On January 28, 2016, one of my favourite relations slipped out of this world and into eternity. May he rest in peace and may perpetual light shine upon him. Heart felt sadness is shared with his beautiful family.
Earl “Gabe” Gallant, carrying his father Gabe Gallant’s name (I didn’t know this), was one of my Maternal Grandmother, Tilly Gallant’s brothers. It has been sad to lose so many on this line. I appreciated my mother’s stories and her love for this ‘island’ family. My great Auntie Gladys has lost all of her brothers and sisters now. I pray for her and for Earl’s family, especially his loving wife, Inez.
Here is Great Grampa Gabe Gallant’s resting place, alongside my Great Gramma. This photograph was taken by my second cousin, James Perry. I stood before my Mamie and Papie when I visited in 2011. May they rest in peace.
I am so proud of the military service of all of the Gallant brothers and I’m proud that they offered up their lives to share with others, that experience, through stories, where and when they could. Uncle Earl sat in the living room of the original homestead and shared with me that he still kept a bullet in his leg and because I was so young at the time, I thought that was the coolest thing. He sort of became a hero to me and I would often ask my mother to talk about him.
Here is a photo that Inez sent to me, inside a little greeting some years ago. It shows Uncle Earl as a young military man.
Gramma Tilly Thompson, with her brother, Earl Gallant. I love this photograph. I will always love them!
The following article/interview was written by Nancy MacPhee
SUMMERSIDE – It was Earl Gallant’s chance to see the world. It was 1942 and the young Summerside man, like his six older brothers, enlisted to fight in the Second World War.
“I wanted to fight for my country and I wanted to get off the Island. I had never been anywhere before,” recalls the 86-year-old.
In order to enlist, the 17-year-old had to lie about his age. After training in Charlottetown and Halifax, he boarded a cattle ship on Aug. 9, 1942, which ended up in England.
Gallant was scared of what lie ahead of him but, with a job to do and his life on the line, knew there was no time for fear.
“I said to myself, Earl, you joined the army to fight, so don’t be scared. After that I seemed not to be scared of nothing. I wanted to go into action. That’s all I wanted to do.”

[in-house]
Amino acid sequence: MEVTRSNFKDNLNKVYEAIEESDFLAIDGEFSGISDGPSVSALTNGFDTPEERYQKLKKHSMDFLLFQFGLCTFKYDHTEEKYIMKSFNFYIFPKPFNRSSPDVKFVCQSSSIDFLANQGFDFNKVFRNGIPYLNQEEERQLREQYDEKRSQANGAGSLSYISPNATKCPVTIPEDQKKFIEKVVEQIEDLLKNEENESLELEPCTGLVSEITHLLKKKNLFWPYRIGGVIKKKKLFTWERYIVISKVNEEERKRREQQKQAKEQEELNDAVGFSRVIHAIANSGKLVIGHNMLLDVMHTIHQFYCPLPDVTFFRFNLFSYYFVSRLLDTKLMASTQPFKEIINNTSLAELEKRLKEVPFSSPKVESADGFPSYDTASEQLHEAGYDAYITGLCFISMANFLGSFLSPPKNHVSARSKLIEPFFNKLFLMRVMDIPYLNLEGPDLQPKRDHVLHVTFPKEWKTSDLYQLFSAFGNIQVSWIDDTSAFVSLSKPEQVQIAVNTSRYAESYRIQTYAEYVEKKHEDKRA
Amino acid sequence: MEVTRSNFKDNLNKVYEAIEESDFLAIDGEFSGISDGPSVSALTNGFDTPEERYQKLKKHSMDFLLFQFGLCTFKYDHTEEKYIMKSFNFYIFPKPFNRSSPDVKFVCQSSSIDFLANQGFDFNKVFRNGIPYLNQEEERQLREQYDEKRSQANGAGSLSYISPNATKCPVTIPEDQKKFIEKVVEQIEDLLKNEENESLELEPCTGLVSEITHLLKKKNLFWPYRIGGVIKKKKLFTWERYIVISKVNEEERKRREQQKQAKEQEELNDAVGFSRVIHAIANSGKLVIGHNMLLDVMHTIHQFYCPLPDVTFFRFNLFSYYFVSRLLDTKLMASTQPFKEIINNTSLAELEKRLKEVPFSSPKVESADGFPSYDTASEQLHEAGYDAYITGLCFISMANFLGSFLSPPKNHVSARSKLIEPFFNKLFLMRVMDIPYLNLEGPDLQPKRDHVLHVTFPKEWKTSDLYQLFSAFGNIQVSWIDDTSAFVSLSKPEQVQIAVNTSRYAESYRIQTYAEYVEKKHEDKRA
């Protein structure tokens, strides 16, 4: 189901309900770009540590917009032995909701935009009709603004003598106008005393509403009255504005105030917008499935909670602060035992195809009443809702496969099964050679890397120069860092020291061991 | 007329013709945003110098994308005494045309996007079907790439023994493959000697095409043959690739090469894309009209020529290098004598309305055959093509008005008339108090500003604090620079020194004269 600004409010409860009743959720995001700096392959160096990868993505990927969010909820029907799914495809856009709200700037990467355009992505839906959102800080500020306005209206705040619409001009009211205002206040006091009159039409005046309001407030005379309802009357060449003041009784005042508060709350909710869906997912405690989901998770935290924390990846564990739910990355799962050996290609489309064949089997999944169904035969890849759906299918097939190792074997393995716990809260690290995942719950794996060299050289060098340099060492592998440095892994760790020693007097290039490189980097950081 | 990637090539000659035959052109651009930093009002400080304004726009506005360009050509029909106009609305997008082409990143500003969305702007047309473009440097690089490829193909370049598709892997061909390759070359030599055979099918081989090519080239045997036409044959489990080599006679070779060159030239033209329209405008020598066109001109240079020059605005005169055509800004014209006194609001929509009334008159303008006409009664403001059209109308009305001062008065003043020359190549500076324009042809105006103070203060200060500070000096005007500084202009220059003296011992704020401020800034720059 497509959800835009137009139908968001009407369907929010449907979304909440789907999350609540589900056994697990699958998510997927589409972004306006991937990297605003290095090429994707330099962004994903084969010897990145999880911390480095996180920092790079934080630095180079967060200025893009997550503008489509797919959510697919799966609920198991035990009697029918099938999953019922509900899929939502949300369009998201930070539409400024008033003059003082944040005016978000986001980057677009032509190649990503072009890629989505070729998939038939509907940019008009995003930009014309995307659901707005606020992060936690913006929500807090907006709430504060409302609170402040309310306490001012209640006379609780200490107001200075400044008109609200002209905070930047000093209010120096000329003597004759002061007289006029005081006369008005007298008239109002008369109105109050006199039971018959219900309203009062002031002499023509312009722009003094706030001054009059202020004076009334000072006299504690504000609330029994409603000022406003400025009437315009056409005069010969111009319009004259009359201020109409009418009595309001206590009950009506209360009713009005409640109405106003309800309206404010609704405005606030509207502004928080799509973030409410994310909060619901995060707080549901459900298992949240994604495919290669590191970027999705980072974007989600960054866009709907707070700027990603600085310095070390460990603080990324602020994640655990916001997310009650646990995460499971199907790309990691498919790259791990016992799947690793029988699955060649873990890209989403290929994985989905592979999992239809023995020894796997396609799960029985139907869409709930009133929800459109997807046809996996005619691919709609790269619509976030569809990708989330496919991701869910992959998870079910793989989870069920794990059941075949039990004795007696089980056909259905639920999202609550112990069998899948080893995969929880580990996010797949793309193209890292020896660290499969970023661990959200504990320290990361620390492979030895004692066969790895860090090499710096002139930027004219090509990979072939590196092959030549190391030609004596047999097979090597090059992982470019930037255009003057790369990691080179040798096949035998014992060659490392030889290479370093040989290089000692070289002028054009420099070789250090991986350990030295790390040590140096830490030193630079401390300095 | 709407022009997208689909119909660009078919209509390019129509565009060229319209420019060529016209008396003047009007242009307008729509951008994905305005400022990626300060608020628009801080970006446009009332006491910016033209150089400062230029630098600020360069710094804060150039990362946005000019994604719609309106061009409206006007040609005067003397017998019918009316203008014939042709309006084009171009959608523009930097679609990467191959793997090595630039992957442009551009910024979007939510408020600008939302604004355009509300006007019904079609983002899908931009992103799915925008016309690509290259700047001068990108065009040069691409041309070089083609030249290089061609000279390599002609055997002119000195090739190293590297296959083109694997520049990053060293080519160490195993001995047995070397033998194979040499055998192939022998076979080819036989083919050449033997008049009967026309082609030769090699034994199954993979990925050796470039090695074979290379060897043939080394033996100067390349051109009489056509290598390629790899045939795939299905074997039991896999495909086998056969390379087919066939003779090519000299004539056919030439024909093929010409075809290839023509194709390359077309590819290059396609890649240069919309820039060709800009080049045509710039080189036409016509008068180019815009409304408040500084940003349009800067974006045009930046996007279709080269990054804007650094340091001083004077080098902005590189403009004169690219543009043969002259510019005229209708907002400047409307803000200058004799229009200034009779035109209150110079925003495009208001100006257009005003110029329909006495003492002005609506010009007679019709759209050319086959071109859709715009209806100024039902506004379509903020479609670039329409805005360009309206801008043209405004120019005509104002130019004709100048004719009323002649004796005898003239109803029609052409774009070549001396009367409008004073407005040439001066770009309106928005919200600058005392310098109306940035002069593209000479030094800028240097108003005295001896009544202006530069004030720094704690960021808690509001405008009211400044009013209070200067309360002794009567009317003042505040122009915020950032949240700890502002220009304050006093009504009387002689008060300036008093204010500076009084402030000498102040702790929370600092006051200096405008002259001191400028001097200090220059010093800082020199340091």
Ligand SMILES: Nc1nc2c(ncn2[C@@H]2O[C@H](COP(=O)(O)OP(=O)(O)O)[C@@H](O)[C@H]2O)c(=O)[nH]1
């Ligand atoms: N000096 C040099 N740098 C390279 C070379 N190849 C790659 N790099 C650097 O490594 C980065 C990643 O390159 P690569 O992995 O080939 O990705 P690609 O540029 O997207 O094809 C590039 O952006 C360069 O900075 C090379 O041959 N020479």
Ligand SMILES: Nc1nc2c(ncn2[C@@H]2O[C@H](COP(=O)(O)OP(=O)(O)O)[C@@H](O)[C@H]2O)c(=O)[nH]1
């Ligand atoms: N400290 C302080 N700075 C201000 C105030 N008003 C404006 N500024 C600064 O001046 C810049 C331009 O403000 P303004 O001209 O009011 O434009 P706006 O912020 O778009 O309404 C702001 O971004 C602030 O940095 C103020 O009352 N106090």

Earl was part of a transport company responsible for bringing ammunition to the front lines, unloading it and bringing refugees to camp.
Time wasn’t all spent on the battlefield as Earl spent his free time at a local pub where he would sing a song or two.
He and a fellow officer would go AWOL in Scotland, pooling their money and spending it drinking for nine days. Their punishment was 21 days of field training and being docked a month’s pay.
Earl recalls, while on leave and touring Buckingham Palace, a fateful meeting.
“There was… a bunch you were supposed to stay with. Me, I wanted to see other things. I walked around and I bumped into the Queen’s mother. I said, ‘Oops’, and she said something, and I took off.”
Earl met up with several of his brothers overseas, all of whom didn’t recognize their younger brother.
One of those brothers, Joseph, wouldn’t come home, killed in battle in Italy. Earl found out the news via a publication carrying names of injured and dead.
Gallant’s time on the frontlines was short, ending with a gunshot to the right leg on the battlefield on Aug. 6, 1944.
“I was on guard duty. All at once I felt something hit me in the leg and I fell down,” he recalled. “It felt just like someone stuck a hot poker on my leg. I didn’t mind it too much. When we were driving every jerk of the Jeep, it was kind of sore.”
But before Earl could be taken to safety he returned to the frontlines.
“The driver got lost and said the only way he could find his way back was to go up to the frontlines and get his bearings and find his way back,” he recalls. “I said get up there and get back as fast as you can.”
With a bullet in his leg Earl couldn’t join his outfit in France and eventually returned to Canada, this time on a luxury liner, in March 1944.
He returned to Summerside and later found work at the P.E.I. Bag Company where he was employed for 44 years. He married Inez and raised four children.
He was with the Reserve Army, retiring as sergeant, an active Legion member, where he worked as a bartender for 21 years, and a member of the Colour Party.
Gallant speaks little about war but each year takes time to remember.
“You think back. You think about the good times, you had. An odd time I’ll talk to another young soldier but not too much. He would be just as quiet as I would be, but you talk about the good times.”
Earl is third from the left.
I visited Uncle Earl, Inez and Gladys the summer of 2011 and am so grateful for the shared love and the stories about our family. I also liked just ‘being’ in the moment with each of them.
Beautiful Prince Edward Island! May you remain with the angels, Uncle Earl, until we meet again.